Margaret Mead Green

Roosevelt Park’s Margaret Mead Green was named for anthropologist Margaret Mead, who was born on December 16, 1901. The Margaret Mead Green is located next to Columbus Avenue, near 81st Street.

Margaret Mead’s Time in New York City

Margaret Mead graduated from New York’s Barnard College in 1923, where she earned a BA in psychology. She continued her studies in New York at Columbia University, where she received a PhD in anthropology. She later lived and worked on NYC’s Upper West Side.

Margaret Mead’s Importance to the American Museum of Natural History

Mead studied and wrote about adolescent girls in Coming of Age in Samoa, and younger children in Growing Up in New Guinea. The American Museum of Natural History has many exhibits based on Mead’s work. She later worked at the museum as a research fellow and curator of ethnology. The museum holds the Margaret Mead Film Festival annually.

Veteran’s Day

The Veteran Honored by Roosevelt Park, NYC

Theodore Roosevelt Rough Riders

Theodore Roosevelt, the namesake of Roosevelt Park, was a veteran of the Spanish-American war. In 1898, he formed The Rough Riders, a volunteer cavalry group, and led them to victories at Kettle Hill and San Juan heights in Cuba. In 2001, Roosevelt was posthumously awarded the Congressional Medal of Honor for his actions in the war.

On July 4, 1903, President Roosevelt gave a speech to veterans in Springfield, IL. He told them, A man who is good enough to shed his blood for his country is good enough to be given a square deal afterwards. More than that no man is entitled, and less than that no man shall have.”


Top 5 Things to See in Roosevelt Park

#5: Bull Moose Dog Run

Why is this dog run named Bull Moose? Bull Moose was another name for the Progressive Party, the political party of President Theodore Roosevelt, the namesake of Roosevelt Park. The Bull Moose party advocated the direct election of U.S. senators, women’s suffrage, tariff reductions, and many social reforms.

There is also a series of books by J.F. Englert called, “The Bull Moose Dog Run Mysteries.” The detective in these stories is a black lab named Randolph.

Regardless of where the name comes from, the Bull Moose Dog Run in Roosevelt Park is the best dog run west of Central Park! Dogs of the Upper West Side gather here year round. Bring your dog to make some new friends.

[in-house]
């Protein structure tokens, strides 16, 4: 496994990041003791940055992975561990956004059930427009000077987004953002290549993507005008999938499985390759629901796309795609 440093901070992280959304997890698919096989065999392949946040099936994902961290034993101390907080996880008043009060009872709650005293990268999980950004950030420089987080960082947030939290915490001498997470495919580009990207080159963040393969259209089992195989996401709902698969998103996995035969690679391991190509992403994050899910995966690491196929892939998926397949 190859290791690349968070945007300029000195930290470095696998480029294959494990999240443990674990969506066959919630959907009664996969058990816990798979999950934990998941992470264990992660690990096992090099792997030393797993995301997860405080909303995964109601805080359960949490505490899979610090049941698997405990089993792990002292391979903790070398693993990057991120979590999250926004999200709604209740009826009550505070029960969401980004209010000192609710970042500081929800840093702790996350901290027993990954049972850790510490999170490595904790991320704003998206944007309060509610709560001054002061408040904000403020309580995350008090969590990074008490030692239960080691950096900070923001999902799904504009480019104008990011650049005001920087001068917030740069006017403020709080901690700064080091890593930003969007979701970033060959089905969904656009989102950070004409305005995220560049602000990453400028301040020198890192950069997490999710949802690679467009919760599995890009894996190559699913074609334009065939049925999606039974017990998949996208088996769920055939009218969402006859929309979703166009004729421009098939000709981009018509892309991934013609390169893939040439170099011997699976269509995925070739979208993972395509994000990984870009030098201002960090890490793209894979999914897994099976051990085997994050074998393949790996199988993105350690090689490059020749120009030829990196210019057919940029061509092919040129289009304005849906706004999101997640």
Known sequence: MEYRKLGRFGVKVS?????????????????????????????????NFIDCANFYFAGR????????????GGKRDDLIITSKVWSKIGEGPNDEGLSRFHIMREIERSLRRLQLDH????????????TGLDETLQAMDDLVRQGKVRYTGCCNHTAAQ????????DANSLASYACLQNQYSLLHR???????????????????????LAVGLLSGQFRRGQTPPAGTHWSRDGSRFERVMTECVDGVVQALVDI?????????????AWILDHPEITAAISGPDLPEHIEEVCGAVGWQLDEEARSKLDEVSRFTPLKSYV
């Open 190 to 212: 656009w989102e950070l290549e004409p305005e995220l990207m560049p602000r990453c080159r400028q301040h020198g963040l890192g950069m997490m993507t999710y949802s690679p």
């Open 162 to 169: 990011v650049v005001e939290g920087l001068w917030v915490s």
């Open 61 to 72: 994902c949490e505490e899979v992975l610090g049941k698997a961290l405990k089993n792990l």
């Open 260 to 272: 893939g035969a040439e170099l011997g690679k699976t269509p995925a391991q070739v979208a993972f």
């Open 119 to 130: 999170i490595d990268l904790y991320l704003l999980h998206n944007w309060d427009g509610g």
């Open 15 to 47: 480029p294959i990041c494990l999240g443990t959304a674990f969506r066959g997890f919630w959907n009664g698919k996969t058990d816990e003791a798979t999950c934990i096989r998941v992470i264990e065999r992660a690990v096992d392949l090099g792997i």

#4: Knock Out® Roses

Located in the southwest corner of the park, these cold-resistant roses bloom until the first frost. Stop by in the next month to see them!

Nobel Monument

#3:Nobel Monument

The Nobel monument stands near the western entrance of the American Museum of Natural History, near Columbus Avenue. The monument displays the names of all the American winners of the Nobel Prize. These include William Faulkner, who won the Nobel Prize in Literature, Carl D. Anderson, who won for his work in physics, Peace Prize winner Norman Borlaug, Nobel Prize in Chemistry winner Roald Hoffman, Peace Prize winner Martin Luther King, Jr., and Theodore Roosevelt, who won the Peace Prize in 1906.


American Museum of Natural History#2: The American Museum of Natural History

AMNH is one of the most popular museums in New York City, and it stands at the center of Theodore Roosevelt Park. Many people mistakenly think the park is part of the museum, but it is separate. It is a New York City park, managed by Friends of Roosevelt Park together with The Museum and New York City’s Department of Parks.

#1: Seasons Up Close

Do you like fall foliage? Starting in October, watch the colors change on Roosevelt Park’s oak leaf hydrangea and ginko biloba.

Not only is the park beautiful when covered with snow, but it’s a great place to see plants that thrive in winter. These include Nandina Domestica and Sedum.

After a long, cold winter, many plants begin to bloom in the spring. As you stroll through the park, look for hosta, tulips and daffodils.

Are you looking for a place to cool off in the summer? Theodore Roosevelt Park is the place to be, with shaded benches, water fountains, and lawns that you can walk on.

Columbus Avenue Festival

Columbus Avenue Festival

On Sunday, September 16th, vendors and shoppers filled Columbus Avenue from 68th to 86th Streets for the Columbus Avenue Festival. This street fair raises money for grants awarded by the West Manhattan Chamber of Commerce.

Columbus Avenue Festival outside Roosevelt Park

Columbus Avenue Festival outside Roosevelt ParkGoodies in the garden